Women in the Portuguese Colonial Empire: The Theatre of Shadows

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Clara Sarmento
Cambridge Scholars, 2008 - History - 304 pages
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Women in the Portuguese Colonial Empire: The Theatre of Shadows compiles an extensive collection of essays on the status of women throughout the vast Portuguese colonial space, from Brazil to the Far East, crossing Europe, Africa and India, between the 16th and the 20th century. Absent or mystified, silenced or victimized, women in the History of Portugal and its colonial venture are the living example of the part historiographical discourse, ideology and popular memory have played in the construction of identities, their practices and representations. The production and critical consumption of History have long revealed countless gaps and silences within its own discourse. This book questions the reason for such gaps and silences and wonders about the real role of all those who do not or have never had access to power and to the perpetuating word, those whose voices have been systematically erased from sources and documents because of past or present attending interests.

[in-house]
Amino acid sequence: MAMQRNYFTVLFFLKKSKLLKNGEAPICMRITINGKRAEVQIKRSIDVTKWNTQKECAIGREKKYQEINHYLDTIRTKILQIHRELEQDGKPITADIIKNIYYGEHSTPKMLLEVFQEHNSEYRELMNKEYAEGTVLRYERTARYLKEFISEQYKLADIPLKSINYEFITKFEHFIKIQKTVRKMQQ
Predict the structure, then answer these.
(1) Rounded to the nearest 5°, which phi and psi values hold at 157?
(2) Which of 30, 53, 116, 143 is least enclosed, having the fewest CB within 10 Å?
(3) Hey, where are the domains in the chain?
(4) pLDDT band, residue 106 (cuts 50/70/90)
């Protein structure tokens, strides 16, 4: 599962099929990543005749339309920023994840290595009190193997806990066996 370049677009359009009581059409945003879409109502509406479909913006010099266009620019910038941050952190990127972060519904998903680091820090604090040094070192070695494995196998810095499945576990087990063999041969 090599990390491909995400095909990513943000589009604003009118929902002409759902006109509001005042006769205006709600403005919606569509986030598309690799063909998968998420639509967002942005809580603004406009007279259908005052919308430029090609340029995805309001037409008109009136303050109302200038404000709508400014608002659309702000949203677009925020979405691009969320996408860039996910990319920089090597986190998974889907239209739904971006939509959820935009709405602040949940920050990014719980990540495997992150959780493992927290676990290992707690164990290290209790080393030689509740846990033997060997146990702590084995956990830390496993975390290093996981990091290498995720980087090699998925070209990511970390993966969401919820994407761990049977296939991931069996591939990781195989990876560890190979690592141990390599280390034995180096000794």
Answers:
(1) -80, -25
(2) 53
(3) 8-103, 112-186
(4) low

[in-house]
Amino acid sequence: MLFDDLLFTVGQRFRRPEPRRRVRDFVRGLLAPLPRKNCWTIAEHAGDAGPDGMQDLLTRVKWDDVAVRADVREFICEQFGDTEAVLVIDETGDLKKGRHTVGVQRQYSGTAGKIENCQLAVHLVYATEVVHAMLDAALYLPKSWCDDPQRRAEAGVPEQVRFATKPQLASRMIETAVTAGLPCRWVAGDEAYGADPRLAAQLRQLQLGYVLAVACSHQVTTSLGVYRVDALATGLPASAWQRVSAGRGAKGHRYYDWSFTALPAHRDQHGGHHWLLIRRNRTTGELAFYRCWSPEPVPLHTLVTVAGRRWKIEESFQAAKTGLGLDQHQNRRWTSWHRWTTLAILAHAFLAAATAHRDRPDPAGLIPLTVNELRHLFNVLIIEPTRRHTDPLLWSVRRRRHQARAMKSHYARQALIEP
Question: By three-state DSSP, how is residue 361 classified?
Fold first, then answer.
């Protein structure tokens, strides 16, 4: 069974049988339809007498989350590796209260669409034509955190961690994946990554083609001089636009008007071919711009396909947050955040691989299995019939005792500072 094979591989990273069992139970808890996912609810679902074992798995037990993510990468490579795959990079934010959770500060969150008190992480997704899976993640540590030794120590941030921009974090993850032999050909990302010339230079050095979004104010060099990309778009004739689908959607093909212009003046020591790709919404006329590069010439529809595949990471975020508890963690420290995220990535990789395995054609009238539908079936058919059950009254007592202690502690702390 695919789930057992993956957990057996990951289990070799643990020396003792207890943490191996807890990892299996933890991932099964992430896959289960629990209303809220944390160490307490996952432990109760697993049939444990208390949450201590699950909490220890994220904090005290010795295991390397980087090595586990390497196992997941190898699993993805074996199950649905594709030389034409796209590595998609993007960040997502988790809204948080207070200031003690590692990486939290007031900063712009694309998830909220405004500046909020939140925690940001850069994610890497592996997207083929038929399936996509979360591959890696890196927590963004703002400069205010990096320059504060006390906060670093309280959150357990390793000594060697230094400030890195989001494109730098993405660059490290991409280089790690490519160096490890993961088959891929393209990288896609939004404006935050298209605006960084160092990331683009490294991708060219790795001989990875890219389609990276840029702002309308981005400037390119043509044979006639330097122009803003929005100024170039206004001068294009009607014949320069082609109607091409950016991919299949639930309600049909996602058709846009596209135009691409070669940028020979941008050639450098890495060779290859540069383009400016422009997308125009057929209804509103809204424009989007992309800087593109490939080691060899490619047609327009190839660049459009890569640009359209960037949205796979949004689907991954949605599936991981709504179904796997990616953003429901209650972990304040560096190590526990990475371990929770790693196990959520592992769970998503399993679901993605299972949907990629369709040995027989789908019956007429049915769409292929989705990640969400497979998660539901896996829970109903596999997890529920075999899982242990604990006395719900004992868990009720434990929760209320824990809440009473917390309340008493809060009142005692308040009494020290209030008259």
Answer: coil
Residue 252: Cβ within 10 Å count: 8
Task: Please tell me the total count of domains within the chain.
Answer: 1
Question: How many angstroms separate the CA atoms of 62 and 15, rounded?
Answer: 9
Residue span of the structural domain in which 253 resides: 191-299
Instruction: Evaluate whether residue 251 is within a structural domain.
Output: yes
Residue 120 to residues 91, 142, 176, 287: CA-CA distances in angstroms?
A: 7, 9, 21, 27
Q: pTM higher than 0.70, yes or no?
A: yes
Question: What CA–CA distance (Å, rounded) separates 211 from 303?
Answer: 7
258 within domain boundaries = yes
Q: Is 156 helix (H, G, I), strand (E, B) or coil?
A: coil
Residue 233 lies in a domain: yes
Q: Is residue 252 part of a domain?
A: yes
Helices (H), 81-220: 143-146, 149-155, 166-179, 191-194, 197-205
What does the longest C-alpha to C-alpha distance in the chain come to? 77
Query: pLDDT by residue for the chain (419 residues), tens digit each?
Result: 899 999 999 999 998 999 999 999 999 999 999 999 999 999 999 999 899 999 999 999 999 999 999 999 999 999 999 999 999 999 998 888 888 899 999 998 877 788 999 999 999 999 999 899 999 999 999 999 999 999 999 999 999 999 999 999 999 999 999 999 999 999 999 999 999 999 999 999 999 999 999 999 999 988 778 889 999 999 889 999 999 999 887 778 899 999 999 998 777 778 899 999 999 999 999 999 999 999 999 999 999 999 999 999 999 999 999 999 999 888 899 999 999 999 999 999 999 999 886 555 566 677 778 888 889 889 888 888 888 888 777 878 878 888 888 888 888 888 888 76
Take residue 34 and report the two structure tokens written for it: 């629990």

Women in the Portuguese Colonial Empire: The Theatre of Shadows congregates a wide assortment of disciplines so as to provide multiple independent viewpoints, sources and methodologies. By bringing authors from around the world together, this work ensures that the various cultures and memories that are part of the global saga, as well as the various versions of the history of the Portuguese colonial empire, may be heard.

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About the author (2008)

Clara Sarmento, PhD in Portuguese Culture, develops her research on intercultural representations of gender, as the coordinator of the Centre for Intercultural Studies of the Polytechnic Institute of Oporto, where she holds her teaching position. Recipient of the American Club of Lisbon Award for Academic Merit and of the Centre for Social Studies Award for Young Social Scientists.

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